Hartenstein was a professional sailor. His career began in 1928 when he joined the navy of the Weimar Republic. A strict disciplinarian and hard taskmaster, Hartenstein earned the nickname "Crazy Dog" from his U-156 crew. Always immaculate in dress and erect in posture, he demanded top performance of his ship, his men, and above all, himself. On his tunic he wore the Iron Cross, first and second class, and the Cross of Gold, earned as commander of the torpedo boat Jaguar, his last assignment before entering the submarine service. At 33, it was his first U-Boat Command.
Von dem Borne respected Hartenstein as a professional and as a good sailor, but "Crazy Dog" was not a man who made friends easily and von dem Borne maintained a proper subordinate-captain relationship. Lieutenant, Paul Just on the other hand, was a friend of von dem Borne. Just, second watch office on U-156, joined the Luftwaffe in 1936 and flew 160 missions over the British Isles before entering the submarine service in 1941. Like von dem Borne, U-156 was Just’s first U-Boat.
Officers and crew turned out in full dress for the christening ceremony, held at the Breman shipyard on September 4, 1941.
By December, the crew had shaped up and Hartenstein concluded they were ready for their first taste of action. On Christmas Eve, U-156 left Kiel and moved silently through the Kiel Canal to the North Sea. Their orders were to proceed to Narvik, in Norway, to interdict British shipping.
Rough seas prevented action at Narvik and Hartenstein fumed. Fiercely he increased his pressure on the crew—drill and more drill became the order of the day. It was freezing, and the submarine’s heating system barely took off the chill. The boat was heated by water circulated from the engine’s cooling system, but unless the U-Boat was moving at top surface speed (18.3 knots) this system was inefficient.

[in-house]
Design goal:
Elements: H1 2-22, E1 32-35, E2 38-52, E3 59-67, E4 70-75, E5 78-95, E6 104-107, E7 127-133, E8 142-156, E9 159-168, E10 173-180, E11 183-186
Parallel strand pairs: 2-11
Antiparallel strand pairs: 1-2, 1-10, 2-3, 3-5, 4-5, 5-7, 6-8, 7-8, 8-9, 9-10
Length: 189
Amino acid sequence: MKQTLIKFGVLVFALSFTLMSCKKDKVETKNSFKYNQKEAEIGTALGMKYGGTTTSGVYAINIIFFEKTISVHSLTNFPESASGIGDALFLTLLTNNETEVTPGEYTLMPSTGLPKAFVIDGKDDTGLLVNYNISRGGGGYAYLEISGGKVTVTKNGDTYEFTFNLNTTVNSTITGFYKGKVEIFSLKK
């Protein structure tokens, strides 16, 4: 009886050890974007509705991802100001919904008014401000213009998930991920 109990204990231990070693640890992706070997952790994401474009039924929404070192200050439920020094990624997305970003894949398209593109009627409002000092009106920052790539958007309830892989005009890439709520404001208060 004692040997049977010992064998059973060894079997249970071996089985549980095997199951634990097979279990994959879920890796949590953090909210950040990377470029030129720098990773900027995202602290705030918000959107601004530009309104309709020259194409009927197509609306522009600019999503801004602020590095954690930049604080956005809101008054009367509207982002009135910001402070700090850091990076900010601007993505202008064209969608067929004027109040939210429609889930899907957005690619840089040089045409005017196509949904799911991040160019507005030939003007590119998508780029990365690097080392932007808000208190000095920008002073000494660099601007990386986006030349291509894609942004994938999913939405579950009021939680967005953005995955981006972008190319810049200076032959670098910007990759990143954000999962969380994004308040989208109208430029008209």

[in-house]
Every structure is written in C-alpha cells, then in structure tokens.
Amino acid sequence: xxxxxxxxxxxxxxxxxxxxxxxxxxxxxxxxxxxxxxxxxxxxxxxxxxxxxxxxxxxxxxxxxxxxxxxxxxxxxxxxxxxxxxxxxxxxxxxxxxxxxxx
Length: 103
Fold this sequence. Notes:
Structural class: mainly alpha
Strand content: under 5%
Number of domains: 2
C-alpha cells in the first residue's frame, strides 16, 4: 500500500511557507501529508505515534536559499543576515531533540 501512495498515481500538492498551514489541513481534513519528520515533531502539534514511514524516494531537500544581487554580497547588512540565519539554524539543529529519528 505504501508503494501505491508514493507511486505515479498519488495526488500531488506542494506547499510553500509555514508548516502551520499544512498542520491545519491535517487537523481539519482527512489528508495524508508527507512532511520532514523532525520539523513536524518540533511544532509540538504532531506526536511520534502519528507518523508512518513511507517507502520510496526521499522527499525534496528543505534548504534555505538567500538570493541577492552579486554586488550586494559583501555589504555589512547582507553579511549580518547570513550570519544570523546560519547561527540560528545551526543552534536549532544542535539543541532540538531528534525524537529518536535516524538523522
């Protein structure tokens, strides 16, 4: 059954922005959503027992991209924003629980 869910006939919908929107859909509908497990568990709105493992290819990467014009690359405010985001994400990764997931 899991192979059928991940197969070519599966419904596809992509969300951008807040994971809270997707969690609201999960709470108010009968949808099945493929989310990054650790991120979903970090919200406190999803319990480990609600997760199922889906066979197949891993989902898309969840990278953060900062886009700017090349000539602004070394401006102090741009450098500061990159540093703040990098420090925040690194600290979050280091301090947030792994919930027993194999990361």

U-156 passed north of Scotland and into the Atlantic, where two floating weather buoys were dropped off west of Ireland. The buoys radioed information to German meteorologists, and were vital to the Reich’s naval and air force planners. U156 now headed for the big base at Lorient, arriving January 8, 1942.
For 11 days Just and von dem Borne supervised the loading, with torpedoes, fuel, commissary supplies and tropical uniforms being packed into every available space. Hartenstein, as usual, said nothing, leaving the junior officer to speculate on their next mission. One thing was certain—it was to be an extended combat patrol in tropical waters. This time they would be able to use their 25 torpedoes.
On January 19 they slipped their lines and eased out of the French harbor, steering southwesterly through the Bay of Biscay. As they passed the Azores the crew guessed their destination was South America.
U-156 entered the Caribbean on February 10, driven at top speed by the two 2,500 horsepower Diesel engines. Continuing on a southwesterly course, the sleek Class IX-C boat approached the Dutch island of Curacao three days later.
Hartenstein addressed the crew on February 13, and for the first time explained their mission.
U-156 was a part of the "Neuland Gruppe", five boats assigned to a mission of vital importance to the German High Command. Their objectives, the oil refineries on the islands of Aruba and Curacao, and the tanker fleet which carried crude oil from the Venezuelan oil fields in Lake Maracaibo to the refineries.
The Aruba refinery was the target of U-156. Hartenstein explained that it was then the world’s largest refinery, its main production was aviation gasoline and motor fuels. It was the primary source of fuel for the RAF and the British Eighth Army guarding the Suez Cannel.